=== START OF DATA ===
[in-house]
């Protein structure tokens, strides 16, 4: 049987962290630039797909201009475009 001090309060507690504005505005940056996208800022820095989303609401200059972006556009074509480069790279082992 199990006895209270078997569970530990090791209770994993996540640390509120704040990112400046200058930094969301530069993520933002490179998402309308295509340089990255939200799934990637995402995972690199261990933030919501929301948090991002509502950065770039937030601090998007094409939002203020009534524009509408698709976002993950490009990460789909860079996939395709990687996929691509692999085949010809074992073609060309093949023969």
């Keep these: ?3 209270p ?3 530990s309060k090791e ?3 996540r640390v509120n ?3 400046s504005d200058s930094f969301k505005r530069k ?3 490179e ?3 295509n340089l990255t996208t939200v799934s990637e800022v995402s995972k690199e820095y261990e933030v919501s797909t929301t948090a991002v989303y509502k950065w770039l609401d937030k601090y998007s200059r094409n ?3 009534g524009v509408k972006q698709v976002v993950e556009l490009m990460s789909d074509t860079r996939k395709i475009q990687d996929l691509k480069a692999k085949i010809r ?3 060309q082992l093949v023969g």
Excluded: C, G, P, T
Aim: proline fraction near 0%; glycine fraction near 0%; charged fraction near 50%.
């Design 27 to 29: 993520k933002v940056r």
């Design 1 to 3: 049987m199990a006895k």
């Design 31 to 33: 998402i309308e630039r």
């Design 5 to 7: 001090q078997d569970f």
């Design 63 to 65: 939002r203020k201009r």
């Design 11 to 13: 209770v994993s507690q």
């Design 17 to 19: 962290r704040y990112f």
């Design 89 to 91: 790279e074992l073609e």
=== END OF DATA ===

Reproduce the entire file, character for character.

[in-house]
């Protein structure tokens, strides 16, 4: 049987962290630039797909201009475009 001090309060507690504005505005940056996208800022820095989303609401200059972006556009074509480069790279082992 199990006895209270078997569970530990090791209770994993996540640390509120704040990112400046200058930094969301530069993520933002490179998402309308295509340089990255939200799934990637995402995972690199261990933030919501929301948090991002509502950065770039937030601090998007094409939002203020009534524009509408698709976002993950490009990460789909860079996939395709990687996929691509692999085949010809074992073609060309093949023969």
């Keep these: ?3 209270p ?3 530990s309060k090791e ?3 996540r640390v509120n ?3 400046s504005d200058s930094f969301k505005r530069k ?3 490179e ?3 295509n340089l990255t996208t939200v799934s990637e800022v995402s995972k690199e820095y261990e933030v919501s797909t929301t948090a991002v989303y509502k950065w770039l609401d937030k601090y998007s200059r094409n ?3 009534g524009v509408k972006q698709v976002v993950e556009l490009m990460s789909d074509t860079r996939k395709i475009q990687d996929l691509k480069a692999k085949i010809r ?3 060309q082992l093949v023969g």
Excluded: C, G, P, T
Aim: proline fraction near 0%; glycine fraction near 0%; charged fraction near 50%.
């Design 27 to 29: 993520k933002v940056r």
């Design 1 to 3: 049987m199990a006895k």
């Design 31 to 33: 998402i309308e630039r």
């Design 5 to 7: 001090q078997d569970f």
């Design 63 to 65: 939002r203020k201009r």
């Design 11 to 13: 209770v994993s507690q």
């Design 17 to 19: 962290r704040y990112f």
């Design 89 to 91: 790279e074992l073609e």